Following the resignation of Mell in 1910 former Clemson Tigers football coach Walter Riggs became president of Clemson from 1910 to 1924.[19] The Holtzendorff Hall, originally the Holzendorff YMCA, was built in 1914 designed by Rudolph E. Lee of the first graduating class of Clemson in 1896. In 1915 Riggs Field was dedicated after Walter Riggs and is the Clemson Tigers men's soccer home field. During World War I enrollment in Clemson declined. In 1917 Clemson formed a Reserve Officers' Training Corps and in 1918 a Student Army Training Corps was formed. Effects of World War I made Clemson hire the first women faculty due to changes in faculty.[20] Riggs accepted a six-month army educational commission in 1919 overseas in France leaving Samuel Earle as acting president. On March 10, 1920, a large walkout occurred protesting unfair "prison camp" style military discipline. The 1920 walkout led to the creation of a Department of Student Affairs. On January 22, 1924, Riggs died on a business trip to Washington, D.C. leaving Earle the acting president. In October 1924 another walkout of around 500 students occurred when Earle rejected their demands of better food and the dismissal of mess officer Harcombe and the reinstatement of their senior class president. The 1924 walkout resulted in 23 students dismissed and 112 suspended.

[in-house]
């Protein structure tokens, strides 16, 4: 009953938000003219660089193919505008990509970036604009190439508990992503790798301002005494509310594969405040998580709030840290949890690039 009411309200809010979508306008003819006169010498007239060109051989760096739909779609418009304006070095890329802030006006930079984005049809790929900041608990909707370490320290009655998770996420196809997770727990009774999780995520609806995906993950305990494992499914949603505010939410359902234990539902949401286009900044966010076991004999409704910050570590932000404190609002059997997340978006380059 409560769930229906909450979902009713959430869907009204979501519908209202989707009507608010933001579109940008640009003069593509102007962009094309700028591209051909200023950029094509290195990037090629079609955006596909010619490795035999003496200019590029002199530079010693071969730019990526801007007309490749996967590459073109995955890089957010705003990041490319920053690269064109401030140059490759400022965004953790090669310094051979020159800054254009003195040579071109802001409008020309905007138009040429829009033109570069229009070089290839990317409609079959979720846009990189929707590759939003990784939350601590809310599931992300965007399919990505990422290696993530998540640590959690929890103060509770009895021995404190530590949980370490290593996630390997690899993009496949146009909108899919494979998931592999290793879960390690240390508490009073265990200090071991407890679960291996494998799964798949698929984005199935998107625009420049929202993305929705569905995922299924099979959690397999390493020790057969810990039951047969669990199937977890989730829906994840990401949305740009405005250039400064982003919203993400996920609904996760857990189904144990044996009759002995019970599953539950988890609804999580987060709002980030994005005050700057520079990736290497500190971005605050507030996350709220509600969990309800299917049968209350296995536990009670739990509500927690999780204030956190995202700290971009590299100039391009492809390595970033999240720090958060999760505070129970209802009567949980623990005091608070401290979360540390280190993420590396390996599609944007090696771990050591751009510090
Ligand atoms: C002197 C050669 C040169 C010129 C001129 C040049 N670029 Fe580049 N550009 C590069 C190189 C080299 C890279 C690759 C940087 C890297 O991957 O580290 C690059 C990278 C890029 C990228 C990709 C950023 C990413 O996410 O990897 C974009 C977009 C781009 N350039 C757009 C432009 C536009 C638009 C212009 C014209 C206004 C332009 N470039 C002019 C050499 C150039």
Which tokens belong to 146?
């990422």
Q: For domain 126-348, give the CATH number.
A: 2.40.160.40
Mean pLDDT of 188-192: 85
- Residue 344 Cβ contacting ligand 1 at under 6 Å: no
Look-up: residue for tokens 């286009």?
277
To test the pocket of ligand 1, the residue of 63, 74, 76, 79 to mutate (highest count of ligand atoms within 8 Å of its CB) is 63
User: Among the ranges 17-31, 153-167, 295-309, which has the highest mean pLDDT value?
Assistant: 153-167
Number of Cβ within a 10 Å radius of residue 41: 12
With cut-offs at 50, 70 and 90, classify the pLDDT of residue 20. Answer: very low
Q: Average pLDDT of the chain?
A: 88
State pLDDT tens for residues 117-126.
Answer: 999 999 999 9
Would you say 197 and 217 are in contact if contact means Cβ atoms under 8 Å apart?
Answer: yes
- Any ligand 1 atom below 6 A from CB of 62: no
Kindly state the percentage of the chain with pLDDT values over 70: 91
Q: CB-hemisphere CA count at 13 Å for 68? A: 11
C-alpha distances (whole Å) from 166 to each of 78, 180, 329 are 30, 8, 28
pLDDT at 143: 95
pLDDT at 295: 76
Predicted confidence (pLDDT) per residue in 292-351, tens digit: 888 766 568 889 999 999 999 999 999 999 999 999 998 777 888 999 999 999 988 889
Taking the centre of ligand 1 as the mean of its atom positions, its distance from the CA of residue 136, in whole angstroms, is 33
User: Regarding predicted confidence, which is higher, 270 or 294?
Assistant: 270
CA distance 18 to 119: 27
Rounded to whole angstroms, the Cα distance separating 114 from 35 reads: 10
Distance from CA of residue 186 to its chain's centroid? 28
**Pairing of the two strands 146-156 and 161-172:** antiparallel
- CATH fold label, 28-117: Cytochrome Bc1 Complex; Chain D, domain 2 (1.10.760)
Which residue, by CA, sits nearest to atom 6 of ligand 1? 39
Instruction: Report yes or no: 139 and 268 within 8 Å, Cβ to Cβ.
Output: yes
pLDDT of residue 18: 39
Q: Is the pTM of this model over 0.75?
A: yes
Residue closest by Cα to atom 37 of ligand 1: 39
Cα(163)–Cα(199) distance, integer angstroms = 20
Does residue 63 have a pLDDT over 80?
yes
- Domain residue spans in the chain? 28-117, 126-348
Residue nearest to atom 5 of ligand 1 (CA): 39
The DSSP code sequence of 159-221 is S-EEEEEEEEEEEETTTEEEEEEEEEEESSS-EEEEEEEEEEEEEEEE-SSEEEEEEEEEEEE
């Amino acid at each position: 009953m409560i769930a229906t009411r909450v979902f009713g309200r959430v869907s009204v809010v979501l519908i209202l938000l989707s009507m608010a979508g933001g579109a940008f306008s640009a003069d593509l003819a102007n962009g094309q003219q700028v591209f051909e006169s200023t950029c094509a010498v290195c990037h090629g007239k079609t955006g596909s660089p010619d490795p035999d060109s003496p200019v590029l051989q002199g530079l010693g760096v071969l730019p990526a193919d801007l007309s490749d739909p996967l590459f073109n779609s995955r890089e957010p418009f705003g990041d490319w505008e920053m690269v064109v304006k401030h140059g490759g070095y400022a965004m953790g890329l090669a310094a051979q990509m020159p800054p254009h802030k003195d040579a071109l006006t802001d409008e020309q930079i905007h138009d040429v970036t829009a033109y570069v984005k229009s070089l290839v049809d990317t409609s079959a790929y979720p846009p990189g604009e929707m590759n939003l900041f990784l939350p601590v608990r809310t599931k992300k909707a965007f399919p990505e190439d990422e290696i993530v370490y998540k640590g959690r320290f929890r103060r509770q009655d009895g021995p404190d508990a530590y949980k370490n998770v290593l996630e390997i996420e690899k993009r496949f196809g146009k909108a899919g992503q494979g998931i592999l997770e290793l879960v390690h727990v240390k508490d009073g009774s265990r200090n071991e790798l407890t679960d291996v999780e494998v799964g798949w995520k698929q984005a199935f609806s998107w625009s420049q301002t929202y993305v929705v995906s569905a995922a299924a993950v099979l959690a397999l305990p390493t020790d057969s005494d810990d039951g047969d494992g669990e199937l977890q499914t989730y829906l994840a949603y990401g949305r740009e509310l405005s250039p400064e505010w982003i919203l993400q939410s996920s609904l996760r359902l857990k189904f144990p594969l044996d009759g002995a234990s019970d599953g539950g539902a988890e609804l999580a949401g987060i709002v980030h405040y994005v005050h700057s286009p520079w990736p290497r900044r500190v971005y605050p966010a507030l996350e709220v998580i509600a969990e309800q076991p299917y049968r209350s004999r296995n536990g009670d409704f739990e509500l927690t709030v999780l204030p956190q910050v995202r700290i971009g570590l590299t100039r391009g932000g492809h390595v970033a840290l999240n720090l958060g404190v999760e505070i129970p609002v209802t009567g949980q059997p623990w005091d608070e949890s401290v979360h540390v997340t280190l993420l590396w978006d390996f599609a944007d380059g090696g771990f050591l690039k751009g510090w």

Clemson Memorial Stadium in 2006

On April 1, 1925, a fire destroyed the interior of the agricultural building and its many research projects and an agricultural museum. The exterior of the building survived, leading to the construction of Sikes Hall to hold the library from Tillman Hall. On May 27, 1926, Mechanical Hall was destroyed in a fire. Present-day Freeman Hall, built in 1926, was the reconstructed shop building. In 1928 Riggs Hall was established in honor of Walter Riggs.[21] President Enoch Sikes increased student enrollment by over 1,000 students and expanded the degree programs with an addition of the first graduate degree. The Department of Arts and Sciences was formed in 1926 with the addition of modern language programs. Programs at Clemson were reorganized into six schools of agriculture, chemistry, engineering, general science, textiles, and vocational studies. In 1927 Clemson received accreditation from the Association of Secondary Schools and Colleges of the Southern States.